And, all of the power for the island comes from solar and wind.   There are three huge turbines and about 1.5 acres of solar panels. While most of the power comes from solar, I personally just love the turbines. They make a gentle (well, gentle for something two hundred feet tall) whooshing sound. They have backup generators but they only get used a few times per year.   But hey, when you need em, you need em. The island also consumes a great deal of manpower with about 30 people working on most any day.  Each morning at about 06:30 someone from the island takes a skiff over to the local settlements, Black Point and Staniel Cay to pick up about 20 day workers.  And, as an added bonus, if you work here you are fed breakfast and lunch, compliments of OYC.  Such a deal.

I took a run to drop off some folks last night.  What a ride.  And I thought that 9kts on Pandora was fast.   Can you say white knuckle?When we stopped at the dock everyone scrambled off in an instant.  In spite of the bumpy ride and 40kts boat speed, everyone (but me) just casually sat on the gunnels, checking their e-mail and looking at Facebook.   Dressed in only shorts and a t-shirt, I immediately realized that I had made a mistake when everyone else showed up in hoodies and wind breakers.   It was pretty brisk with the 40+ kt apparent winds as we blasted along.  I have noticed that when Bahamians get behind the wheel of a powerboat, the only speed that they know is “full out”.    In this case, all 500 horses screaming.I guess it’s like just about like any other commute.   However, for the “big kids” this is the preferred mode of transportation.   I can’t say that I blame them.  What a ride.  And, there are two of them available at all times.   It’s sort of like Enterprise Car rental for the .01%.  “We pick you up.”  And, they do, and in style. I understand that the plane was painted yellow by the previous owner because he flew all over South America and he wanted to have a plane that would show up as much as possible if he ended up ditching in the jungle.   Good thinking.  It looks just awesome.  My dad would have “gone bonkers” (as he used to say) over this one.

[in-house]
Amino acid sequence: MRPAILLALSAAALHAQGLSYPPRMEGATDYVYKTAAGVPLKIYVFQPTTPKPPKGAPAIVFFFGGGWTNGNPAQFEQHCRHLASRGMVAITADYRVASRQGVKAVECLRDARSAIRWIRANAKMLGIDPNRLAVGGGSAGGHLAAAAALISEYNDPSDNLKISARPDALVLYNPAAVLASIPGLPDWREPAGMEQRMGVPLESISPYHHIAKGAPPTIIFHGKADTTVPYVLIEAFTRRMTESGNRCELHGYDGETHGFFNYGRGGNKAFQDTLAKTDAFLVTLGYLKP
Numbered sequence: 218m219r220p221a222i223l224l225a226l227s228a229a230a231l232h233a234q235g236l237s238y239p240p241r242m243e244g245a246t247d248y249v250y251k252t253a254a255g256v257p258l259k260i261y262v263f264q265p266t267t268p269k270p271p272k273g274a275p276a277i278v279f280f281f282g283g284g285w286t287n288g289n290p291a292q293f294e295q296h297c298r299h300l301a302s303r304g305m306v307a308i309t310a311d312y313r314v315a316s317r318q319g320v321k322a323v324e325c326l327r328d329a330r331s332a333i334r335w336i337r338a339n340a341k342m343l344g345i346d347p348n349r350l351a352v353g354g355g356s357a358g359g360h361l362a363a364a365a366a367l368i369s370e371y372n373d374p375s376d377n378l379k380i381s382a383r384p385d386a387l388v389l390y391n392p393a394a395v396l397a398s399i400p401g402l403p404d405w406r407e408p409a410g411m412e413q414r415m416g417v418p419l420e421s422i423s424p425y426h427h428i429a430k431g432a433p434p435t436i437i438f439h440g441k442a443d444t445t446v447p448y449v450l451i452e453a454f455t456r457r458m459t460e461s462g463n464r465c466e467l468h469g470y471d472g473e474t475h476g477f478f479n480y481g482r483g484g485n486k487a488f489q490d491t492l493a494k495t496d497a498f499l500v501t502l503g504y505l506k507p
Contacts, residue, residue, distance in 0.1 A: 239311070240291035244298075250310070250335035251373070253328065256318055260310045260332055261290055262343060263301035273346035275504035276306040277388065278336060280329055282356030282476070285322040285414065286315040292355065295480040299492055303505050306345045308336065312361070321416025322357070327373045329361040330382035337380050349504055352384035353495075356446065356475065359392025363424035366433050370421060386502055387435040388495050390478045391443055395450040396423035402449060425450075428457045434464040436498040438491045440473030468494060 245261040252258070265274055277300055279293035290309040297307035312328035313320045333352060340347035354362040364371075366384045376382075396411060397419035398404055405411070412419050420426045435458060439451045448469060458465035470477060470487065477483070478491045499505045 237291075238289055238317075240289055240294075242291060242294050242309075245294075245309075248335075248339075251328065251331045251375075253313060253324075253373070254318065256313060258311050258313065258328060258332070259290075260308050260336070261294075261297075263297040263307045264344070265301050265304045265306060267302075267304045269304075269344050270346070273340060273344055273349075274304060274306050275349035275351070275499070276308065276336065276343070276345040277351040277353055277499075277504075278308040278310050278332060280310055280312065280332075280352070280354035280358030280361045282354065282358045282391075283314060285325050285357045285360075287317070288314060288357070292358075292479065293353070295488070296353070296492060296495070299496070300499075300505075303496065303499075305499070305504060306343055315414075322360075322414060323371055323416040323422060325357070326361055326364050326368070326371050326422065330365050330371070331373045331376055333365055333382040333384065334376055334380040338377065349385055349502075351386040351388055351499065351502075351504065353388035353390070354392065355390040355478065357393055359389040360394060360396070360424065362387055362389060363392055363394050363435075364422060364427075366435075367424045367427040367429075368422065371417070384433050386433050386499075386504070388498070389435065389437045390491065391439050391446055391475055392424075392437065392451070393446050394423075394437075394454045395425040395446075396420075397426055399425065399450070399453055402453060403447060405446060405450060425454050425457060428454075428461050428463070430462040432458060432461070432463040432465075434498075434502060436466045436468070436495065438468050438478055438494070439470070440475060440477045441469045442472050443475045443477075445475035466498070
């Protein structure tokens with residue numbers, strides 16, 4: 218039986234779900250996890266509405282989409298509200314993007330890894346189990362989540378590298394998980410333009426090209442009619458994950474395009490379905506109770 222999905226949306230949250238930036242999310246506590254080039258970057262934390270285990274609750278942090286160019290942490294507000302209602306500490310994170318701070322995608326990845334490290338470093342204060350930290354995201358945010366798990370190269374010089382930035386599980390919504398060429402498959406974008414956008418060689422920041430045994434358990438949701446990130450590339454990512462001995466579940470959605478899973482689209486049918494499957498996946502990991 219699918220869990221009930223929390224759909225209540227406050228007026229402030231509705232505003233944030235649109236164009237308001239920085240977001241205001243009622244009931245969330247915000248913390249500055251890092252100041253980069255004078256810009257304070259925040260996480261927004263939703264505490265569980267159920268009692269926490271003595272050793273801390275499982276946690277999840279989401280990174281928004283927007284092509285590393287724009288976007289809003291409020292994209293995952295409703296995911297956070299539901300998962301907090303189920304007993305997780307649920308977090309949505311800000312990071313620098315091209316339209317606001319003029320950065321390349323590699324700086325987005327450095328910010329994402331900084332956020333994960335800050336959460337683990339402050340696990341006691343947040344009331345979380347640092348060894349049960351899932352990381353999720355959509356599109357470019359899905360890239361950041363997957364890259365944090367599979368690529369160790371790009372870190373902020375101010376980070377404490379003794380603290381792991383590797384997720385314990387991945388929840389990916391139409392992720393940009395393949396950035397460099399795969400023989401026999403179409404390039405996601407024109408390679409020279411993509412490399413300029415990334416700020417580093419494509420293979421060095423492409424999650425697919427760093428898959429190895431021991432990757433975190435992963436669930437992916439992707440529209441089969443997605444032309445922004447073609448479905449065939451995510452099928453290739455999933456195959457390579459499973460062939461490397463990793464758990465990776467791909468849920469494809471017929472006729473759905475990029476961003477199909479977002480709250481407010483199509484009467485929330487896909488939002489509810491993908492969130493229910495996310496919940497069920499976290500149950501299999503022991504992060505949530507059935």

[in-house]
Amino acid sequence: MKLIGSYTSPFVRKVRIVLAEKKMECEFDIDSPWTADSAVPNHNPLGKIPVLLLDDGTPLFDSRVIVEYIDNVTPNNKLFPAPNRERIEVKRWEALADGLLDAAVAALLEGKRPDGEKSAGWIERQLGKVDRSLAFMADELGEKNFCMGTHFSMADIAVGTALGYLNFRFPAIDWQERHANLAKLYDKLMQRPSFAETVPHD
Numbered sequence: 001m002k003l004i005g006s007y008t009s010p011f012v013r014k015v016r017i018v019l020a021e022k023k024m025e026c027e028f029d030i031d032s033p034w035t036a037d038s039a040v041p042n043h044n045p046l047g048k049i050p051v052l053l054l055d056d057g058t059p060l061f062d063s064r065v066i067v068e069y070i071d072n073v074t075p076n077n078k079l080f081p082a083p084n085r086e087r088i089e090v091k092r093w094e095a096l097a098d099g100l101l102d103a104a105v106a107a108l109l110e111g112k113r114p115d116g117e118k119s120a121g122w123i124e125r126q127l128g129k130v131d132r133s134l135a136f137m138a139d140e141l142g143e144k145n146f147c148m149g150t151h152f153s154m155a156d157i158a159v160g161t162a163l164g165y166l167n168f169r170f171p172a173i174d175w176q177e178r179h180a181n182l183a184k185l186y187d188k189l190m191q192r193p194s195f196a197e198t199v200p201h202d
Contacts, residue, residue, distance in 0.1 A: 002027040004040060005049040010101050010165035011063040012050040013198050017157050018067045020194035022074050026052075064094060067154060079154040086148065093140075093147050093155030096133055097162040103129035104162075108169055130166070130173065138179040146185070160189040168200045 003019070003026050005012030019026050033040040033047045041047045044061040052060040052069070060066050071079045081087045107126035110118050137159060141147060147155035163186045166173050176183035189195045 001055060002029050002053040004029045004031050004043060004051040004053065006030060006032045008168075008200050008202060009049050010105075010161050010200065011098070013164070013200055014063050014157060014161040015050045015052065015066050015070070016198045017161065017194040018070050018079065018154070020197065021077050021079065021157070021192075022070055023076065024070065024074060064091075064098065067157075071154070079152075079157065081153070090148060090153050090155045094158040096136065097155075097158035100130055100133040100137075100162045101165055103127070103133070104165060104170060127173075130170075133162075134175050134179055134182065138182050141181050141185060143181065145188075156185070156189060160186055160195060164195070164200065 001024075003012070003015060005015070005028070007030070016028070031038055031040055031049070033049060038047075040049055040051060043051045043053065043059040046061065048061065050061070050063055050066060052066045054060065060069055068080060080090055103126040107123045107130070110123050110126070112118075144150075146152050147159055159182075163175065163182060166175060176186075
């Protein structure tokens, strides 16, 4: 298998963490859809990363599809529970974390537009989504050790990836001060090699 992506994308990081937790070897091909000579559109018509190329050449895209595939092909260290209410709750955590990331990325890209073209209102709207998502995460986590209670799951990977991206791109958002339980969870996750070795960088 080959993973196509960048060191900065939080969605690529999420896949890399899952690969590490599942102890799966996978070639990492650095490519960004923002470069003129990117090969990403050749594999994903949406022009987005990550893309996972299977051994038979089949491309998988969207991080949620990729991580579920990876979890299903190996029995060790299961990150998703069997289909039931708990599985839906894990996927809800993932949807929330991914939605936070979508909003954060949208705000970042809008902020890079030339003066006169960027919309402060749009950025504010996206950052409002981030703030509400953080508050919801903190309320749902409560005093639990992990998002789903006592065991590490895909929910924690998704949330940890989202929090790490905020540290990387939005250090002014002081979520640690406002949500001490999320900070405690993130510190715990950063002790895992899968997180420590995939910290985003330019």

And the pilot Scott, carefully washes down every inch of the plane (with part of that 70,000 gallons of RO water) after each flight and wipes it down with a special anti-corrosion liquid.   So, what kind of anchor does a sea plane carry?  Fortress aluminum, what else?  You probably didn’t even know it carried an anchor anyway.

The views from the plane must look like this but from WAY higher up. I took this shot from one of the highest points on the island.   Not a terribly crowded anchorage.
One of the local “residents” was quite curious as I passed by. Pandora looks just wonderful on the dock all by herself in this morning’s light.  Well, by herself if you don’t count the yellow plane.  What a combo. Perhaps I’ll close with an Over Yonder Cay sunset, hopefully not the last we will enjoy before we head south next week. Lots to do and explore today so I’ll sign off for now.   If you feel like heading “Over Yonder”, this is the place to go.

Blasting along to Over Yonder.

It’s Friday morning and we are tied up the dock at Over Yonder Cay.  You may recall that we had visited this private island once before about two years ago.   The island is private and available for charter.  Fortunately, we are friends with the owner Ed, so visiting on Pandora is possible.